• Intense public work needs to be done. What is sought is not to convert people to a single thought pattern but to influence the collective mind. The doors of the TS must be open to those willing to work for humanity. The dissemination of Theosophy must have the keynote of respect for the other.

  • Meetings specifically for members should be held with the purpose of studying in depth. Emphasis should be put in listening so that, with a mind void of prejudice, communion can be reached in the common quest for Truth.

  • Forums, seminars, workshops, discussion groups, courses should be carried on besides the traditional lectures, highlighting the exchange of ideas and using questioning and investigation.

  • Public work should make use of technological resources available today: television, Internet, meetings online via Skype, newspaper and magazine publications. This should also be used to strengthen bonds among members belonging to different countries and religions.

  • Political problems should be kept outside the TS. People should hold office in a natural and spontaneous way, without greed, and they should do their work in an impersonal an integrating way, without any prejudice and not trying to impose any spiritual authority.

  • At the TS, the principle of Brotherhood makes us work with people who favour the Cause of Humanity, without any distinction or prejudice, especially those of a personal nature.

  • Electronic communication must be used with care and responsibility so as not to produce inharmonic vibrations, which are not compatible with the serenity that must exist in our Society.

  • Disruptive factors such as mere theoretical study, emotional reaction and intellectual vanity must be perceived and carefully set apart.

  • The Theosophical Society in the 21st. Century is what we are. Its degree of success depends on the wisdom and unselfishness of its members. Future generations will receive as a legacy a living, agile and enlightening body only if each one of us takes responsibility for it.

  • An interest for the Cause should be awoken in young people, based on the beauty of the teachings and the happiness that can be reached understanding them. By creating a proper environment, they should be encouraged to meet and develop through unselfish work.

  • The T.O.S. can expand its work in community centers, Unions, different neighbourhoods, helping to take the teachings to those who cannot come to the TS. Ecology and Arts are two important avenues to be included.

  • The TS has had extraordinary leaders as Blavatsky, Olcott, Besant, Leadbeater, Jinarajadasa, Sri Ram, Coats, Taimni, among others. Our present International President, Mrs. Radha Burnier, has conducted Theosophical work for the last few decades, permeating it with a strong spirituality. It is the responsibility of each individual worker to add to the quality of the work, not allowing any distortion to interfere in the awakening of wisdom through the search for Truth.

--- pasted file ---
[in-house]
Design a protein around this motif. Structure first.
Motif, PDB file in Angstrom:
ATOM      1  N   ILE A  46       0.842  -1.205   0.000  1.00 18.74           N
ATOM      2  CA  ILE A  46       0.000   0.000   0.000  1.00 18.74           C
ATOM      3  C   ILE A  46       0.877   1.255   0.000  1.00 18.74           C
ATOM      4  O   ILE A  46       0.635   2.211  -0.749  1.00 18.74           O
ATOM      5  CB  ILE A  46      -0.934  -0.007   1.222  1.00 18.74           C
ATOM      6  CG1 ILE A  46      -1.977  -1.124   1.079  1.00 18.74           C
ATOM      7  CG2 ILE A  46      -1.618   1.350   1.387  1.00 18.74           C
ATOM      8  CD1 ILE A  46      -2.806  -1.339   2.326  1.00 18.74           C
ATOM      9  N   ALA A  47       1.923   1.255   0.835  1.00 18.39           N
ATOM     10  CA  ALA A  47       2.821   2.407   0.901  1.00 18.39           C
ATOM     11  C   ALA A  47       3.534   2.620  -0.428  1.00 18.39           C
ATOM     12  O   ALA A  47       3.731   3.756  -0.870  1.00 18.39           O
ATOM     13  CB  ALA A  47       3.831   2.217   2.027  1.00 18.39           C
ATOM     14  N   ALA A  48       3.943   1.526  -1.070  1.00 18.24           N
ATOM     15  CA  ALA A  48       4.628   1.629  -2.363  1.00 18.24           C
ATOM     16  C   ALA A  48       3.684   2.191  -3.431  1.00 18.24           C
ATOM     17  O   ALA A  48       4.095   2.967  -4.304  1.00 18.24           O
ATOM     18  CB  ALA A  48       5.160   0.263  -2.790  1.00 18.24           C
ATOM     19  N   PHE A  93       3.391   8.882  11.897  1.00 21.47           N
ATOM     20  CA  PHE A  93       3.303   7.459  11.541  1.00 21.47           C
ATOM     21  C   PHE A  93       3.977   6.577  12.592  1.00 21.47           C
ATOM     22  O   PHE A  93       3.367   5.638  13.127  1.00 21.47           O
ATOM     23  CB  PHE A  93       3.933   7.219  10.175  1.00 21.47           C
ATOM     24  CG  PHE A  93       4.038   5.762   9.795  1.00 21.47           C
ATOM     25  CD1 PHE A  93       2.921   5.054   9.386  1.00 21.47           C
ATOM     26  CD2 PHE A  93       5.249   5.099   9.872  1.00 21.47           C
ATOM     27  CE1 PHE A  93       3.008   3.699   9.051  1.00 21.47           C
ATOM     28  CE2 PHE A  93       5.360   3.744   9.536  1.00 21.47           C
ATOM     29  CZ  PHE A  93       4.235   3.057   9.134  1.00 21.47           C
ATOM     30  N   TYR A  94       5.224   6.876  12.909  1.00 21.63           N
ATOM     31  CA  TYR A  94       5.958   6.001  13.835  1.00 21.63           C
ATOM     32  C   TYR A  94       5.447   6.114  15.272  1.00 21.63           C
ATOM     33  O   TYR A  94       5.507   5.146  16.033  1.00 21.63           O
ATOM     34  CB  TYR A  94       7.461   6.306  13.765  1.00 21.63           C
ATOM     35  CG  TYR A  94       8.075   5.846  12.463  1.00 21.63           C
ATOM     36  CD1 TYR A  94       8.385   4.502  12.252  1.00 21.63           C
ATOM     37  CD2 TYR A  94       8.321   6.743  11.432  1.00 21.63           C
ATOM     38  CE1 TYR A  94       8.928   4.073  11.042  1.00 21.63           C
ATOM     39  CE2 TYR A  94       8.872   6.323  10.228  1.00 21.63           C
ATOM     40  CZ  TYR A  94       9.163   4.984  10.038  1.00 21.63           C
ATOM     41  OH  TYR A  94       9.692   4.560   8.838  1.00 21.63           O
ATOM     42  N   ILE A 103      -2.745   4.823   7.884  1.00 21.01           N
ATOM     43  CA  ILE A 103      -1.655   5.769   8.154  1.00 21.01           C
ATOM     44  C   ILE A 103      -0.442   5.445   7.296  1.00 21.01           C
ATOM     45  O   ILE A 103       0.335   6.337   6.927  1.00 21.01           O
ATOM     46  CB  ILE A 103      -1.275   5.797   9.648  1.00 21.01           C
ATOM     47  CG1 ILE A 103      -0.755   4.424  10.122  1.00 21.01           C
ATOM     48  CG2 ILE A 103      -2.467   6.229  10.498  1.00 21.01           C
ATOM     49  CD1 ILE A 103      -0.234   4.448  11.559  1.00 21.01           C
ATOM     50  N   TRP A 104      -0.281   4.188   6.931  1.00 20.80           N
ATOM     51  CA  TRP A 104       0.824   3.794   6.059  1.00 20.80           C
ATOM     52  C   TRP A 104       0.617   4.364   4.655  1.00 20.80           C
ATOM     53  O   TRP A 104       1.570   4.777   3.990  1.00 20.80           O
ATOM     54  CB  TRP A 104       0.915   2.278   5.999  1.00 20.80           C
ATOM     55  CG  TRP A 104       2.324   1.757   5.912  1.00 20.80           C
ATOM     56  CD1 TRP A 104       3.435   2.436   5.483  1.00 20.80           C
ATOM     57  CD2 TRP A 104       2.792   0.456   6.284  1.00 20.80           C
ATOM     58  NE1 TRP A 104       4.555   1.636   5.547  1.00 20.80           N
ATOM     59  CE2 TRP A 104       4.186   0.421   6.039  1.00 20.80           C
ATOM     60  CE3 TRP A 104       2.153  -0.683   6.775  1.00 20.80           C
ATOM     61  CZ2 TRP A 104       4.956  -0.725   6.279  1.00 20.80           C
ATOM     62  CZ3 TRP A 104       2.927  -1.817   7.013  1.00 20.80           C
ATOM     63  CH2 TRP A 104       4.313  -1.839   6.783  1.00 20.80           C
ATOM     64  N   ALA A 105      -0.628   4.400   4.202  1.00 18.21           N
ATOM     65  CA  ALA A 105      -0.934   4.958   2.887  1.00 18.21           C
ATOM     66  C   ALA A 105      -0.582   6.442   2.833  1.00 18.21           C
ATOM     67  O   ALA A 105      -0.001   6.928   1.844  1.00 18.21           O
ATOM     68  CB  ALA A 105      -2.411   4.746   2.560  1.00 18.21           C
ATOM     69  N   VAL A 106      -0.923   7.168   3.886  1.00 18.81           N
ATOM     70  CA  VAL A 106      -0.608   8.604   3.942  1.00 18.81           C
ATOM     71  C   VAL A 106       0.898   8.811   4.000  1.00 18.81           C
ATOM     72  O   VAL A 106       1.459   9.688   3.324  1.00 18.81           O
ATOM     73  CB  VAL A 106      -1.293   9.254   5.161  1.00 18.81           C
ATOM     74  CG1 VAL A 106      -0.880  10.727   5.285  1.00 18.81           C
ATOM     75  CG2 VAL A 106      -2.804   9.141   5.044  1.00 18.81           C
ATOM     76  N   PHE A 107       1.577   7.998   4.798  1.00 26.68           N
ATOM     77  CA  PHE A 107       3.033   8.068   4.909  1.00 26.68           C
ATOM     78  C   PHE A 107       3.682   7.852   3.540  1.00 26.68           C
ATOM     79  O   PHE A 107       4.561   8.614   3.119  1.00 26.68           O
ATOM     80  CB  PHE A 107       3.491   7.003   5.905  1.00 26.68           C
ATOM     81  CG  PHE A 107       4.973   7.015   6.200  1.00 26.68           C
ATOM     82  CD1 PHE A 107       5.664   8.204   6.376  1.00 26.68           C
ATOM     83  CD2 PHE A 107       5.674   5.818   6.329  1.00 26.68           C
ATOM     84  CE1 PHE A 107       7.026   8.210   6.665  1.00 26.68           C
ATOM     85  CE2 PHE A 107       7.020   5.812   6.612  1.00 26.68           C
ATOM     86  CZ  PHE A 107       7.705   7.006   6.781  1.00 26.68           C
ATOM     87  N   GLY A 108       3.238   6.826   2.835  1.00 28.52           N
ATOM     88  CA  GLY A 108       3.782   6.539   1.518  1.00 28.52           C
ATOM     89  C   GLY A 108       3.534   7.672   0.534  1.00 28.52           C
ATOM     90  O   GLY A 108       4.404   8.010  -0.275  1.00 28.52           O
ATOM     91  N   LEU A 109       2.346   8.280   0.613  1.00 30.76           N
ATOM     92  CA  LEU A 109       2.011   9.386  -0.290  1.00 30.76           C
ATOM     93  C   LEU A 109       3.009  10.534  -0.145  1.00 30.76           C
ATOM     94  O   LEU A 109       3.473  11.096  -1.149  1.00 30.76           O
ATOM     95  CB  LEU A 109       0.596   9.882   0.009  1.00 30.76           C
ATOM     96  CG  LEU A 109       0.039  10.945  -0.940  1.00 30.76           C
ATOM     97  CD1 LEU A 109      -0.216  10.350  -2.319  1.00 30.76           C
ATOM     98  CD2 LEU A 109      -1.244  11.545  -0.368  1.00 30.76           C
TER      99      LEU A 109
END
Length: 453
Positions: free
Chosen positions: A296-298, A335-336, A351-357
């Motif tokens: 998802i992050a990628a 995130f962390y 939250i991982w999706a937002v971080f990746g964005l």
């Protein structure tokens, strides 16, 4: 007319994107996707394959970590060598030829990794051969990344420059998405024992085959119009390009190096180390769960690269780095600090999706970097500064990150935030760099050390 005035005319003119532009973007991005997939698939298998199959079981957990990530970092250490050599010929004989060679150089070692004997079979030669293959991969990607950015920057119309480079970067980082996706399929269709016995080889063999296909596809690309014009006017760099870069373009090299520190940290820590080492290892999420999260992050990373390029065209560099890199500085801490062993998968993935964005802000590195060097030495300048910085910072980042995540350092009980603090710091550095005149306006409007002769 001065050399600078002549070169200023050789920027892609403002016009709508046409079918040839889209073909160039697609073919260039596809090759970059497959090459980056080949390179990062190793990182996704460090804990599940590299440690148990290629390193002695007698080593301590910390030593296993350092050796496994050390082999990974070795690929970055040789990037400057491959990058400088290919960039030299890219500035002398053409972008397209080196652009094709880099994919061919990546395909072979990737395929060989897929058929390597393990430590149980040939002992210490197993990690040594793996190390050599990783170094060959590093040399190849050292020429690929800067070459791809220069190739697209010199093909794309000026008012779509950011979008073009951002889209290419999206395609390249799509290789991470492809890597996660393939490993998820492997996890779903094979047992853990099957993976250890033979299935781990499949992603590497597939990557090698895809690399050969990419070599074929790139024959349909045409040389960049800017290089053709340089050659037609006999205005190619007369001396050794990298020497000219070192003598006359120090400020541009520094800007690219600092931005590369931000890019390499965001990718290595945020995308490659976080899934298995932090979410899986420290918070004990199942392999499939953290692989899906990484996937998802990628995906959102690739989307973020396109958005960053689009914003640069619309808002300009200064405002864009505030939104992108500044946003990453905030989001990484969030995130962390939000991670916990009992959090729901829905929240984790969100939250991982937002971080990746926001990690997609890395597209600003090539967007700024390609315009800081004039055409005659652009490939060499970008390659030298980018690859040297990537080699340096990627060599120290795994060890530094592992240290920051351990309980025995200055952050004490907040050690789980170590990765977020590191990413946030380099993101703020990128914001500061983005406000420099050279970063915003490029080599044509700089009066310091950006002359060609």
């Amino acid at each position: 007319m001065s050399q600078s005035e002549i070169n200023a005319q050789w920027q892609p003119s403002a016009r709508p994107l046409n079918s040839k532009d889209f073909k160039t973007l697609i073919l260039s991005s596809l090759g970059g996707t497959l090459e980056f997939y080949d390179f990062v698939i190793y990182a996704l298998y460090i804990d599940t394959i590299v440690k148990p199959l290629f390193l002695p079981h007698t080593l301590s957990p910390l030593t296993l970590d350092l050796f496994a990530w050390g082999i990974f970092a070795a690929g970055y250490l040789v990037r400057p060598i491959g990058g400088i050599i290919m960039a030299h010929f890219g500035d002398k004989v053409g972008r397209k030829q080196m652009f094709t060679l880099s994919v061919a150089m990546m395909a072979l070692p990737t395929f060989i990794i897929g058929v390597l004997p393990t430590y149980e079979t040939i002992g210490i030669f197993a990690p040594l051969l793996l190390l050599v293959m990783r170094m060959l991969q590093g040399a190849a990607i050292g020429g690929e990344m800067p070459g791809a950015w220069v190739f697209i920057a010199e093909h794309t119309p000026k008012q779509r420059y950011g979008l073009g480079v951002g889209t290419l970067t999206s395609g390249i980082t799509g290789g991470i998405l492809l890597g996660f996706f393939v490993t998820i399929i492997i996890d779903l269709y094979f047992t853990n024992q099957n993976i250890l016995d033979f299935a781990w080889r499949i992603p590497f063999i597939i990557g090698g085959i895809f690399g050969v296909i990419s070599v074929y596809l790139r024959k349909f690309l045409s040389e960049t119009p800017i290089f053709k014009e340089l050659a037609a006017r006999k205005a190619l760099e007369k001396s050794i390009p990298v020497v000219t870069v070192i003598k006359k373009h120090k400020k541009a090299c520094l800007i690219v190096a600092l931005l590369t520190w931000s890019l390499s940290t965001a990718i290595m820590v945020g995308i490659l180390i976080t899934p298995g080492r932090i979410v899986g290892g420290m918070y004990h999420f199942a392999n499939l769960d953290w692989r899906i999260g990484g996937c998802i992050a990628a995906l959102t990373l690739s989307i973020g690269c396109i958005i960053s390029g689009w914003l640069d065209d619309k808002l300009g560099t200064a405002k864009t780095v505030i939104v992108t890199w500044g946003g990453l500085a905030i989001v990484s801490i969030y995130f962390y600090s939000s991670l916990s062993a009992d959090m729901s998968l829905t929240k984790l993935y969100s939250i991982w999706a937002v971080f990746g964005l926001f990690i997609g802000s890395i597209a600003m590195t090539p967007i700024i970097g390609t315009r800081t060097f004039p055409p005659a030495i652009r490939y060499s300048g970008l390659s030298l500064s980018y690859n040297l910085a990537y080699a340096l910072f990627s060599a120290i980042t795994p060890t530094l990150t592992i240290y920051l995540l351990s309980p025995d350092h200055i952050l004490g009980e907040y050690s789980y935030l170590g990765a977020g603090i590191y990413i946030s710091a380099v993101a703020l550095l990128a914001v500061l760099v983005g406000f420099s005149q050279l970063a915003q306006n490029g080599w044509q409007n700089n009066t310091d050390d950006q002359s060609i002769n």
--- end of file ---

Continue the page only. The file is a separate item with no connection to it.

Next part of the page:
• We, members of the Theosophical Society, must humbly fulfill our part of working to elevate the consciousness of Humanity without sectarianism but with compassion and love.

    This document is a synthesis of the themes considered at the First Spanish-Portuguese Seminar on Theosophy and has been prepared by the following members:

    Lilly Pastore (Argentina)
    Maria Luiza Cabrera Pardilla (Bolivia)
    Marcos Luis Borges de Resende (Brazil)
    Julia Ballesteros (Colombia)
    Gaspar Torres (Cuba)
    Fatima Campos Cardenas (Ecuador)
    Miguel Martinez de Paz (Spain)
    Erica Geordiades (Greece)
    Maria Luiza Salazar (Guatemala)
    Lissette Aroyo (Mexico)
    Mario Rizzo (Nicaragua)
    Ana Maria Caceres (Paraguay)
    Julio Pomar (Peru)
    Ema Maria de Souza Leal (Uruguay


Changi Museum & NEWater Visitor Centre


For the proposed tour of the Changi Museum and the NEWater Visitor Centre on Saturday, 21 November 2009 we have found out that the Changi Museum admission is actually free if we do not require the audio earsets. We  can just wonder  around to  view the exhibits on our own. If members want to be audio-guided then it is chargeable at $8 per adult and $4 per child. So it will just be the transportation charges to and fro from Sims Avenue Centre at $3.50 per person. We are limited to 49 participants. If you are interested to join us please register and pay to our Treasurer, Bro. Djimmy Ong or one of the committee members in his absence. Avoid disappointment, first come, first served!

For more information on these two tours go to www.changimuseum.com, and www.pub.gov.sg/newater/visitors.